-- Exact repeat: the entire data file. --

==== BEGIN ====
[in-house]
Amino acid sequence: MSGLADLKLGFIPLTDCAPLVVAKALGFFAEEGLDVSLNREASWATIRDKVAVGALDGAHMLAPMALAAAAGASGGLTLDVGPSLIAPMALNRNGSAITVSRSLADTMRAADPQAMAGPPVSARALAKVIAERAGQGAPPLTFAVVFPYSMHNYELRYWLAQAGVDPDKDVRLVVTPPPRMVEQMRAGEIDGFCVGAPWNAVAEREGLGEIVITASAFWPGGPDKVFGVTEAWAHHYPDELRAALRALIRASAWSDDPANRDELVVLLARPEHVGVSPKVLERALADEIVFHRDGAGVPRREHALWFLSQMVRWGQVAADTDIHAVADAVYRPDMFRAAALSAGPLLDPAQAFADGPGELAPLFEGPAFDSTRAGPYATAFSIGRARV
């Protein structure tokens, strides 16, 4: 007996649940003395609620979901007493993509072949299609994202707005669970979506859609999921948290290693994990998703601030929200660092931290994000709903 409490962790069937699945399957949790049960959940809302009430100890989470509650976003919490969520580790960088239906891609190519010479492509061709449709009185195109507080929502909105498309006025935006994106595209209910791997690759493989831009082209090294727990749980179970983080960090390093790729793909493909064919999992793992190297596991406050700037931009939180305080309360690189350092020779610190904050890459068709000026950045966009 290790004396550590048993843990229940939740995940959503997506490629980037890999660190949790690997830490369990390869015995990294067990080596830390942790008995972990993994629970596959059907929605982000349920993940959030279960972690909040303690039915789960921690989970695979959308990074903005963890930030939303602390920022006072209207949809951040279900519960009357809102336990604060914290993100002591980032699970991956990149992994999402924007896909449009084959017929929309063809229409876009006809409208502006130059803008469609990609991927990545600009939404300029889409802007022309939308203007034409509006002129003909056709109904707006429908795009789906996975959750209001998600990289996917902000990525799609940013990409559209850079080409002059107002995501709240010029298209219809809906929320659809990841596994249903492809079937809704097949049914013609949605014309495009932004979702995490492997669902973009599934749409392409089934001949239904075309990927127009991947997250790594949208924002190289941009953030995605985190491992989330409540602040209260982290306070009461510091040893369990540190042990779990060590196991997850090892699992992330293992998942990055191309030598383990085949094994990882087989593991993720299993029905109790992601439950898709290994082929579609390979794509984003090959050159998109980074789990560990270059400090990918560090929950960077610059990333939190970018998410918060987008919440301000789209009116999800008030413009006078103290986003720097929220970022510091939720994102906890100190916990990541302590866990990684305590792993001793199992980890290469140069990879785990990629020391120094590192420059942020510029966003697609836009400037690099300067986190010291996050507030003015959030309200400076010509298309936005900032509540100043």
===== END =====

[in-house]
Amino acid sequence: MSGLADLKLGFIPLTDCAPLVVAKALGFFAEEGLDVSLNREASWATIRDKVAVGALDGAHMLAPMALAAAAGASGGLTLDVGPSLIAPMALNRNGSAITVSRSLADTMRAADPQAMAGPPVSARALAKVIAERAGQGAPPLTFAVVFPYSMHNYELRYWLAQAGVDPDKDVRLVVTPPPRMVEQMRAGEIDGFCVGAPWNAVAEREGLGEIVITASAFWPGGPDKVFGVTEAWAHHYPDELRAALRALIRASAWSDDPANRDELVVLLARPEHVGVSPKVLERALADEIVFHRDGAGVPRREHALWFLSQMVRWGQVAADTDIHAVADAVYRPDMFRAAALSAGPLLDPAQAFADGPGELAPLFEGPAFDSTRAGPYATAFSIGRARV
């Protein structure tokens, strides 16, 4: 007996649940003395609620979901007493993509072949299609994202707005669970979506859609999921948290290693994990998703601030929200660092931290994000709903 409490962790069937699945399957949790049960959940809302009430100890989470509650976003919490969520580790960088239906891609190519010479492509061709449709009185195109507080929502909105498309006025935006994106595209209910791997690759493989831009082209090294727990749980179970983080960090390093790729793909493909064919999992793992190297596991406050700037931009939180305080309360690189350092020779610190904050890459068709000026950045966009 290790004396550590048993843990229940939740995940959503997506490629980037890999660190949790690997830490369990390869015995990294067990080596830390942790008995972990993994629970596959059907929605982000349920993940959030279960972690909040303690039915789960921690989970695979959308990074903005963890930030939303602390920022006072209207949809951040279900519960009357809102336990604060914290993100002591980032699970991956990149992994999402924007896909449009084959017929929309063809229409876009006809409208502006130059803008469609990609991927990545600009939404300029889409802007022309939308203007034409509006002129003909056709109904707006429908795009789906996975959750209001998600990289996917902000990525799609940013990409559209850079080409002059107002995501709240010029298209219809809906929320659809990841596994249903492809079937809704097949049914013609949605014309495009932004979702995490492997669902973009599934749409392409089934001949239904075309990927127009991947997250790594949208924002190289941009953030995605985190491992989330409540602040209260982290306070009461510091040893369990540190042990779990060590196991997850090892699992992330293992998942990055191309030598383990085949094994990882087989593991993720299993029905109790992601439950898709290994082929579609390979794509984003090959050159998109980074789990560990270059400090990918560090929950960077610059990333939190970018998410918060987008919440301000789209009116999800008030413009006078103290986003720097929220970022510091939720994102906890100190916990990541302590866990990684305590792993001793199992980890290469140069990879785990990629020391120094590192420059942020510029966003697609836009400037690099300067986190010291996050507030003015959030309200400076010509298309936005900032509540100043």